The Drums @ The Hi-Fi, 29th November

Tonight is one of three nights that The Drums take the stage on Australian shores.  People have travelled far and wide to witness the Brooklyn indie-rockers perform at the Hi-Fi.

Local indie 4-piece, Tempura Nights, take the stage to play to the early comers.  The vocals are drowned out by the volume of the band as the guitar drones and quirky bass lines throwback to the earlier days of indie-rock and post-punk.  Finding a medium between The Pixies and Garbage, Tempura Nights certainly fill the air with indie-rock vibes.

The next band up have been a personal favourite of mine throughout the past year, Rolls Bayce.  After seeing them at BigSound I have high hopes for their set.  Right off the bat the rhythms smashed by drummer, James Wright, have me mesmerised.  The intricate drum patterns combine with funky bass lines to give a certain complexity to the music that others cannot produce.  Playing songs off of their recent self-titled EP, the crowd feed off of the energy that the band conduct.  Their single Don’t Get Me Wrong is a crowd favourite as people start to sway and dance, and Rolls Bayce have delivered once again.

As we wait for The Drums to make the stage, the crowd become anxious, men and women push as close to the front as they can, just to be near frontman, Jonny Pierce; to say he has a cult following would be an understatement.  As the band make the stage, Pierce enters last with his ever so popular sway and bob dance and punters scream at the top of their lungs.  Rocking his retro red jacket, Pierce begins to sing, already capturing the eye of every audience member.  The high beam lights onstage illuminate the band members against the black back drop, creating luminous silhouettes.  As Pierce dances, he channels frontmen of old, almost a modern Ian Curtis.  The starting song Bell Laboratories is an ominous, darker track that soon transitions into Let Me, Me and the Moon, and then Days, which has the crowd shaking with excitement.  Their set continues with a mixture of old and new songs, Money proving to be a crowd favourite.  The latter part of the set moves more to the boring side, as many of the audience members standing rather than grooving.  Adding to the frustration, the house music is irritatingly playing out of one speaker, so all those in front, myself included, have an extra song to listen to.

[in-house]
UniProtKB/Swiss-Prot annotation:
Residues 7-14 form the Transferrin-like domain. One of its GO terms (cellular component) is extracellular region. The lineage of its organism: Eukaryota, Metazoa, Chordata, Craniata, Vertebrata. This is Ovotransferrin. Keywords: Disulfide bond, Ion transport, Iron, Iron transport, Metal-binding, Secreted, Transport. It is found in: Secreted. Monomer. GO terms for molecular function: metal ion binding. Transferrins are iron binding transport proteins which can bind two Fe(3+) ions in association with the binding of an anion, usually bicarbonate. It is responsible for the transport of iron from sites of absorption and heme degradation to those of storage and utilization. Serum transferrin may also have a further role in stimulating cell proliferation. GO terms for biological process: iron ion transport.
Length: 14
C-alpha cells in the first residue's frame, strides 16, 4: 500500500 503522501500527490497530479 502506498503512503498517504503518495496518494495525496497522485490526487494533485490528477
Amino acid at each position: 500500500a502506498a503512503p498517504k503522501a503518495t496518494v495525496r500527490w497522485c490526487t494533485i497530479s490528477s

The excitement picks up when The Drums enter the stage again for an encore.  Playing their classic tracks Let’s Go Surfing, Saddest Summer and Down By The Water they stir the enthusiastic crowd.  So much so that one eager audience member dodges the grasp of security, leaps onto the stage, screaming the lyrics next to Pierce.  She certainly ate her Weet-Bix as the security guard struggles to drag her off stage.

As the high beam lights fade, the silhouetted band walk off stage for a final time, with the crowd still screaming and cheering once they’re gone.

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